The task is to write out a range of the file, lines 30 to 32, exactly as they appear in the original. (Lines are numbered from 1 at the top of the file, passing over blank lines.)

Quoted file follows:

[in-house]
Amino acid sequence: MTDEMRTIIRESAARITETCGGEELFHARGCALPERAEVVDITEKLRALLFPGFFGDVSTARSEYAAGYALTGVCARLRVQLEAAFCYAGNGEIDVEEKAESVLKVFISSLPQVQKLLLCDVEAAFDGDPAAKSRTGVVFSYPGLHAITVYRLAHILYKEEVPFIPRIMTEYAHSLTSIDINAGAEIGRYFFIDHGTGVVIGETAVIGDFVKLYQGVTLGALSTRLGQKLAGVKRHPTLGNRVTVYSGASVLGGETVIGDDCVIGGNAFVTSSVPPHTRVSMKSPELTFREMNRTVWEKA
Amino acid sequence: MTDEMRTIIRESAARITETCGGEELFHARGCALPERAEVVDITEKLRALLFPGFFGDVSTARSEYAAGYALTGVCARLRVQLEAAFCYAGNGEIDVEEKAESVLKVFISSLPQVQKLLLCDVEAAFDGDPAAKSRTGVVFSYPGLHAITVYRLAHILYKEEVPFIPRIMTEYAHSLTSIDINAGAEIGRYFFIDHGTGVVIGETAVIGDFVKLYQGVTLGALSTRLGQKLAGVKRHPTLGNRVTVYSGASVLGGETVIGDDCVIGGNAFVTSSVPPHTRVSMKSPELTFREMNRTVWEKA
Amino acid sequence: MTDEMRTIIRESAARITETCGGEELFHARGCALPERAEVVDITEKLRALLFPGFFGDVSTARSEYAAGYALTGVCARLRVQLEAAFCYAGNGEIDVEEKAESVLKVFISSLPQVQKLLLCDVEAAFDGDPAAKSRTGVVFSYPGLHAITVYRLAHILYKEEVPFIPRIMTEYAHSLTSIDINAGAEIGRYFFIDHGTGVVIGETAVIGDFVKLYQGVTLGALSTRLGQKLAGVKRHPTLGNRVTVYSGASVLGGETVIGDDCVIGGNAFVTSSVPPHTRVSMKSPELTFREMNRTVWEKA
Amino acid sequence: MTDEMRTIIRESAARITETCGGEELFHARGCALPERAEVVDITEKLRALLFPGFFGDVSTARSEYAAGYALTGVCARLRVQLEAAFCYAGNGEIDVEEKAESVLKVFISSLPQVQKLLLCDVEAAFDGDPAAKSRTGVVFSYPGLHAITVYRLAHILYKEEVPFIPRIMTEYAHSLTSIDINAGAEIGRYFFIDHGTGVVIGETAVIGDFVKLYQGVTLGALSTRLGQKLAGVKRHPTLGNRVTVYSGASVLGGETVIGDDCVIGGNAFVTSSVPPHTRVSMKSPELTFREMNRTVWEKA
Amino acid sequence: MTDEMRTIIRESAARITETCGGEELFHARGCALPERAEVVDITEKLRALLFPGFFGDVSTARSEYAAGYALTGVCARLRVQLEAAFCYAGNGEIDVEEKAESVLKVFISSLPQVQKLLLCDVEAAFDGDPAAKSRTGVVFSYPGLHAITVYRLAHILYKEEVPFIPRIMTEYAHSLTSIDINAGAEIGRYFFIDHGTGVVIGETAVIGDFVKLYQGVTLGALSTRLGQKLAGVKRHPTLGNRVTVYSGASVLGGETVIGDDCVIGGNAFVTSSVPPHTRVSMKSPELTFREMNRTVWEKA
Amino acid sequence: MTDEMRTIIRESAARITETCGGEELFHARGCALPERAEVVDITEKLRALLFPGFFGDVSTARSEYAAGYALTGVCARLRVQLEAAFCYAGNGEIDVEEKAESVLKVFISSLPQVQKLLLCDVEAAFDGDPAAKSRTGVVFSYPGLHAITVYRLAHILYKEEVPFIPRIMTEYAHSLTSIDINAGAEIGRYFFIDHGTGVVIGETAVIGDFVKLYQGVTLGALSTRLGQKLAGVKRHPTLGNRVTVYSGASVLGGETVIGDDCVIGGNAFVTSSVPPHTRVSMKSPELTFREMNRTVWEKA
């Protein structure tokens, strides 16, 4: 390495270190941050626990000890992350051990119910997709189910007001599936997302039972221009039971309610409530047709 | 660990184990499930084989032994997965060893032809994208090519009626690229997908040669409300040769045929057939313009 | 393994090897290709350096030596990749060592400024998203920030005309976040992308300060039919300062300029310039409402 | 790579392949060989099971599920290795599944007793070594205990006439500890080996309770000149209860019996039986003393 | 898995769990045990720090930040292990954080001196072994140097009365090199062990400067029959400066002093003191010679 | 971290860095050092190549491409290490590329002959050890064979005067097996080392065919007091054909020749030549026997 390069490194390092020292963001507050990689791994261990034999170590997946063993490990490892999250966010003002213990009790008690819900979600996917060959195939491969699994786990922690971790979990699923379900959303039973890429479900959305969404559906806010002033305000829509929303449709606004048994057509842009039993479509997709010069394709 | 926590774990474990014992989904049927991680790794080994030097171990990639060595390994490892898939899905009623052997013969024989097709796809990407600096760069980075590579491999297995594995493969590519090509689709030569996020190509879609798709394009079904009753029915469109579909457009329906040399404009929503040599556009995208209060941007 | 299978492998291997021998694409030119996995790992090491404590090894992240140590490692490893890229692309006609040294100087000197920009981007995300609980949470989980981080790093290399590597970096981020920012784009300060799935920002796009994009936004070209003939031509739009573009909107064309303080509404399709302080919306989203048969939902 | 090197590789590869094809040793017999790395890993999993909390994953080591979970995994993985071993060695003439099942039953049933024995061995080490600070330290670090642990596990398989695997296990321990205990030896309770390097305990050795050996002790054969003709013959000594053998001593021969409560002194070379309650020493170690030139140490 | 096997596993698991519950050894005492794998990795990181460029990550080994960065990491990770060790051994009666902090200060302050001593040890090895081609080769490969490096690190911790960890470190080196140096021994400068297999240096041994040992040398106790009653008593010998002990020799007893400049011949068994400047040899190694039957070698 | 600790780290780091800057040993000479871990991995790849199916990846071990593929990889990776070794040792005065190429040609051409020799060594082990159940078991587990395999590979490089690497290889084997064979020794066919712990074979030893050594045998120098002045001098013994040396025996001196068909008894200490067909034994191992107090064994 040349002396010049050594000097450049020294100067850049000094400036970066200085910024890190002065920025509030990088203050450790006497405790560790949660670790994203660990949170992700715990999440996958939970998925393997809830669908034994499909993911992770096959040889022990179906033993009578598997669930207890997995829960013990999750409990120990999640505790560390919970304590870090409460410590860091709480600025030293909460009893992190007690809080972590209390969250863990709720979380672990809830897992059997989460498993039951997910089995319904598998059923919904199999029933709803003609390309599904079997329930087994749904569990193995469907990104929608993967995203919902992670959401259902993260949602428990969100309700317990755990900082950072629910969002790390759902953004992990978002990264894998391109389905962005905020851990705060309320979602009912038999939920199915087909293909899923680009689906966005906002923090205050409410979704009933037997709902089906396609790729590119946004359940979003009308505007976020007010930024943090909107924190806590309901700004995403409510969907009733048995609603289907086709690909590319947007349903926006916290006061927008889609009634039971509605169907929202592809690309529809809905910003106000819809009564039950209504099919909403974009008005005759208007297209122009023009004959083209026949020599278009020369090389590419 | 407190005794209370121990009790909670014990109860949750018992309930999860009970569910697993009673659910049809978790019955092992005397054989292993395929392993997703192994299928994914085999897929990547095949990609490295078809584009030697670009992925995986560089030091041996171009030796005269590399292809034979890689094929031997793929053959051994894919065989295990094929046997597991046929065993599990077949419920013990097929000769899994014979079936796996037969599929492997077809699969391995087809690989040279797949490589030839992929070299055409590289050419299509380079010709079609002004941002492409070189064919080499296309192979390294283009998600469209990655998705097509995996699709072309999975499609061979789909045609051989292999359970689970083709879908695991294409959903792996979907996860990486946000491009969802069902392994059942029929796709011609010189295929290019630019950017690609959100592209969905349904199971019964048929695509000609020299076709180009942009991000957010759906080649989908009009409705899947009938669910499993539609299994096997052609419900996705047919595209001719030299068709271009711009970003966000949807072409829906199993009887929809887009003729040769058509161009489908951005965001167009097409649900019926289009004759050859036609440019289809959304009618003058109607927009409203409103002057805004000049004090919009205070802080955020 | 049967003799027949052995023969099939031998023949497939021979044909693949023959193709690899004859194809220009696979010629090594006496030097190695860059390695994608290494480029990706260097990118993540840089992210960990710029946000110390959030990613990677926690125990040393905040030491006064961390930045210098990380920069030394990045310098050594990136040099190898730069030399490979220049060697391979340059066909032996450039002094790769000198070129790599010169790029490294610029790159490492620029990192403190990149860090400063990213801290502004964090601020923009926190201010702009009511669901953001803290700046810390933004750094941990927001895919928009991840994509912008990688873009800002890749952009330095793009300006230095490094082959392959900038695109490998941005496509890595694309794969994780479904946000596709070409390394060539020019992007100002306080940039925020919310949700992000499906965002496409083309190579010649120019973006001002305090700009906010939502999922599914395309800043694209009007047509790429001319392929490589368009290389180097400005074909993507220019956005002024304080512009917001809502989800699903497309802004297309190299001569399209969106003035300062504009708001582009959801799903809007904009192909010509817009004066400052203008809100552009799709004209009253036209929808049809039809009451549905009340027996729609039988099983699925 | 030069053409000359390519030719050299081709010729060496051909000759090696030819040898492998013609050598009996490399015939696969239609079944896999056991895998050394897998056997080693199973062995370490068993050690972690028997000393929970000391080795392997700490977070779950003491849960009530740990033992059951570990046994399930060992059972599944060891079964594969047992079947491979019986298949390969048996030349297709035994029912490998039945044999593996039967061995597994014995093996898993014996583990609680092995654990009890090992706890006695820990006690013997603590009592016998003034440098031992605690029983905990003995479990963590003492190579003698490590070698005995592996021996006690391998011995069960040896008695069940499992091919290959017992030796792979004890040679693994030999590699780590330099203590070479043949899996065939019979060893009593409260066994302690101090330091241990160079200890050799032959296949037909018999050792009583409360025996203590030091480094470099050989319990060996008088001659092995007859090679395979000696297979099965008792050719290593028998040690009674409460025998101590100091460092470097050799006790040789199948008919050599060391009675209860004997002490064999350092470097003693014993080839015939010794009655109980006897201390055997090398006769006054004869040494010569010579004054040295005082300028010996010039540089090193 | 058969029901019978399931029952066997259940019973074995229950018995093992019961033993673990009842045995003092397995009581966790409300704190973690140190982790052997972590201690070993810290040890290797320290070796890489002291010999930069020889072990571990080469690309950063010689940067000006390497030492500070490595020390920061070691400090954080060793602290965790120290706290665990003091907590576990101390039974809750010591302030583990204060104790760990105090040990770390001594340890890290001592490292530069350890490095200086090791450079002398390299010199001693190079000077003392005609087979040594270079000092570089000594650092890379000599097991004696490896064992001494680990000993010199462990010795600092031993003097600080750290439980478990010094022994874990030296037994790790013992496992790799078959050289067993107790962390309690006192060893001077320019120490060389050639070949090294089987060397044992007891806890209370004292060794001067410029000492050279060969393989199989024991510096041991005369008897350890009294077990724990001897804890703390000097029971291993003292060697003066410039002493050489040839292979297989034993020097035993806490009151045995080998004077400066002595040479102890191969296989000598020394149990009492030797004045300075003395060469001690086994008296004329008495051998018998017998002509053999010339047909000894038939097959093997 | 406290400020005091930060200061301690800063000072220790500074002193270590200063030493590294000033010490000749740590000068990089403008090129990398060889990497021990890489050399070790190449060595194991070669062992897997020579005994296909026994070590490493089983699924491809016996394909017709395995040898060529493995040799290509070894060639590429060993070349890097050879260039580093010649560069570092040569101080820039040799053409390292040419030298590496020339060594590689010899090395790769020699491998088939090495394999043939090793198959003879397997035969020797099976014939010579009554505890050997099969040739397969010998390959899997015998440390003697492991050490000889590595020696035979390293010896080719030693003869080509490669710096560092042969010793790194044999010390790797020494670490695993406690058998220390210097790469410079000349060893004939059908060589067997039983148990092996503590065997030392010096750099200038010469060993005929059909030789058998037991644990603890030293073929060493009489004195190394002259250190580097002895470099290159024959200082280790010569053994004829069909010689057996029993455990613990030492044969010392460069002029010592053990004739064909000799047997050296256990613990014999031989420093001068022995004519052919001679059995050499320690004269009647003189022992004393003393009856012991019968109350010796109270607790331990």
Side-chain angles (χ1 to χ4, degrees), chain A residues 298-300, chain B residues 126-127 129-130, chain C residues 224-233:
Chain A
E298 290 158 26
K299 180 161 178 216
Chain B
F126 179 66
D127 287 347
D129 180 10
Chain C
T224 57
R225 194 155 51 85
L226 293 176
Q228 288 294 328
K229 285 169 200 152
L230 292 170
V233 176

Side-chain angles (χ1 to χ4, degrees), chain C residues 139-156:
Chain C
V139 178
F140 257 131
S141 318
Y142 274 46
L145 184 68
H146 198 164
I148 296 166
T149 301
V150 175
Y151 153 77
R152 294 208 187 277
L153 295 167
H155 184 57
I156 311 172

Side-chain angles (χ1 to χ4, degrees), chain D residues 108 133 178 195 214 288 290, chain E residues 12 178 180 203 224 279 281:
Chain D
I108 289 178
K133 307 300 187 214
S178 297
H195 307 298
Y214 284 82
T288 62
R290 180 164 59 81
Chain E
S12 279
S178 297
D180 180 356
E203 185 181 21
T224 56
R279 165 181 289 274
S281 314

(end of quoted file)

Y142 274 46
L145 184 68
H146 198 164